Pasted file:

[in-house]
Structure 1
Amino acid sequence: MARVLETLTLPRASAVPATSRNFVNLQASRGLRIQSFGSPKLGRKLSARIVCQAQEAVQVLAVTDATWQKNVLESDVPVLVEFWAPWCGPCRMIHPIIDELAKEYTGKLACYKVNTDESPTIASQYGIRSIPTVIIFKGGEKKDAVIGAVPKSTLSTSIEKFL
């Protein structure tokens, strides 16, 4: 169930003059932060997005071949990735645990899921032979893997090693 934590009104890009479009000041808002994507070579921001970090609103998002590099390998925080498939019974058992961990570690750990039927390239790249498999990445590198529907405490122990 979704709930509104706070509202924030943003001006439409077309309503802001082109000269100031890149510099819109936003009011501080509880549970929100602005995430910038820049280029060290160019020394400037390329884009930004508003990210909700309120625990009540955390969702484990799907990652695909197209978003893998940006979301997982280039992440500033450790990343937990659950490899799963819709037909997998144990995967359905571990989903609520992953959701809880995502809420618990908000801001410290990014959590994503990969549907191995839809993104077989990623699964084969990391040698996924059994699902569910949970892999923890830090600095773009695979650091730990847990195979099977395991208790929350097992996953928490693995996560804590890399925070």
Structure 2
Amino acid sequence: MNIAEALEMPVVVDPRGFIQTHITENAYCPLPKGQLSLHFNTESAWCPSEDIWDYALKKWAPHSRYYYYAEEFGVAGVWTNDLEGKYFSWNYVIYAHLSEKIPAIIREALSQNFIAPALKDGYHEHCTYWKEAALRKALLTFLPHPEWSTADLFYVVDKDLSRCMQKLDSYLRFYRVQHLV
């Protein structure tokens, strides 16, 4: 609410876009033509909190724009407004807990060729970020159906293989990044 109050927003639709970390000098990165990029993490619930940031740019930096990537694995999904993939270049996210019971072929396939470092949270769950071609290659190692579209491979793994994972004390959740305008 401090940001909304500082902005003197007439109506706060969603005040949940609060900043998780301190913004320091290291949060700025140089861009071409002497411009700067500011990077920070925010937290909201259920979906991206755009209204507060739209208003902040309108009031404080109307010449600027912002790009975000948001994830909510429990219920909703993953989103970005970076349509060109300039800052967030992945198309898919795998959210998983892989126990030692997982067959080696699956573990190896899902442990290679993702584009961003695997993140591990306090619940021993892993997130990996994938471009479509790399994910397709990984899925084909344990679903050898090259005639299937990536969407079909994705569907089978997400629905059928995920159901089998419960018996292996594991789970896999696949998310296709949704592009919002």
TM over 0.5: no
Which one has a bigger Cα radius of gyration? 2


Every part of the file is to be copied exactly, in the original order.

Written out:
[in-house]
Structure 1
Amino acid sequence: MARVLETLTLPRASAVPATSRNFVNLQASRGLRIQSFGSPKLGRKLSARIVCQAQEAVQVLAVTDATWQKNVLESDVPVLVEFWAPWCGPCRMIHPIIDELAKEYTGKLACYKVNTDESPTIASQYGIRSIPTVIIFKGGEKKDAVIGAVPKSTLSTSIEKFL
């Protein structure tokens, strides 16, 4: 169930003059932060997005071949990735645990899921032979893997090693 934590009104890009479009000041808002994507070579921001970090609103998002590099390998925080498939019974058992961990570690750990039927390239790249498999990445590198529907405490122990 979704709930509104706070509202924030943003001006439409077309309503802001082109000269100031890149510099819109936003009011501080509880549970929100602005995430910038820049280029060290160019020394400037390329884009930004508003990210909700309120625990009540955390969702484990799907990652695909197209978003893998940006979301997982280039992440500033450790990343937990659950490899799963819709037909997998144990995967359905571990989903609520992953959701809880995502809420618990908000801001410290990014959590994503990969549907191995839809993104077989990623699964084969990391040698996924059994699902569910949970892999923890830090600095773009695979650091730990847990195979099977395991208790929350097992996953928490693995996560804590890399925070």
Structure 2
Amino acid sequence: MNIAEALEMPVVVDPRGFIQTHITENAYCPLPKGQLSLHFNTESAWCPSEDIWDYALKKWAPHSRYYYYAEEFGVAGVWTNDLEGKYFSWNYVIYAHLSEKIPAIIREALSQNFIAPALKDGYHEHCTYWKEAALRKALLTFLPHPEWSTADLFYVVDKDLSRCMQKLDSYLRFYRVQHLV
């Protein structure tokens, strides 16, 4: 609410876009033509909190724009407004807990060729970020159906293989990044 109050927003639709970390000098990165990029993490619930940031740019930096990537694995999904993939270049996210019971072929396939470092949270769950071609290659190692579209491979793994994972004390959740305008 401090940001909304500082902005003197007439109506706060969603005040949940609060900043998780301190913004320091290291949060700025140089861009071409002497411009700067500011990077920070925010937290909201259920979906991206755009209204507060739209208003902040309108009031404080109307010449600027912002790009975000948001994830909510429990219920909703993953989103970005970076349509060109300039800052967030992945198309898919795998959210998983892989126990030692997982067959080696699956573990190896899902442990290679993702584009961003695997993140591990306090619940021993892993997130990996994938471009479509790399994910397709990984899925084909344990679903050898090259005639299937990536969407079909994705569907089978997400629905059928995920159901089998419960018996292996594991789970896999696949998310296709949704592009919002």
TM over 0.5: no
Which one has a bigger Cα radius of gyration? 2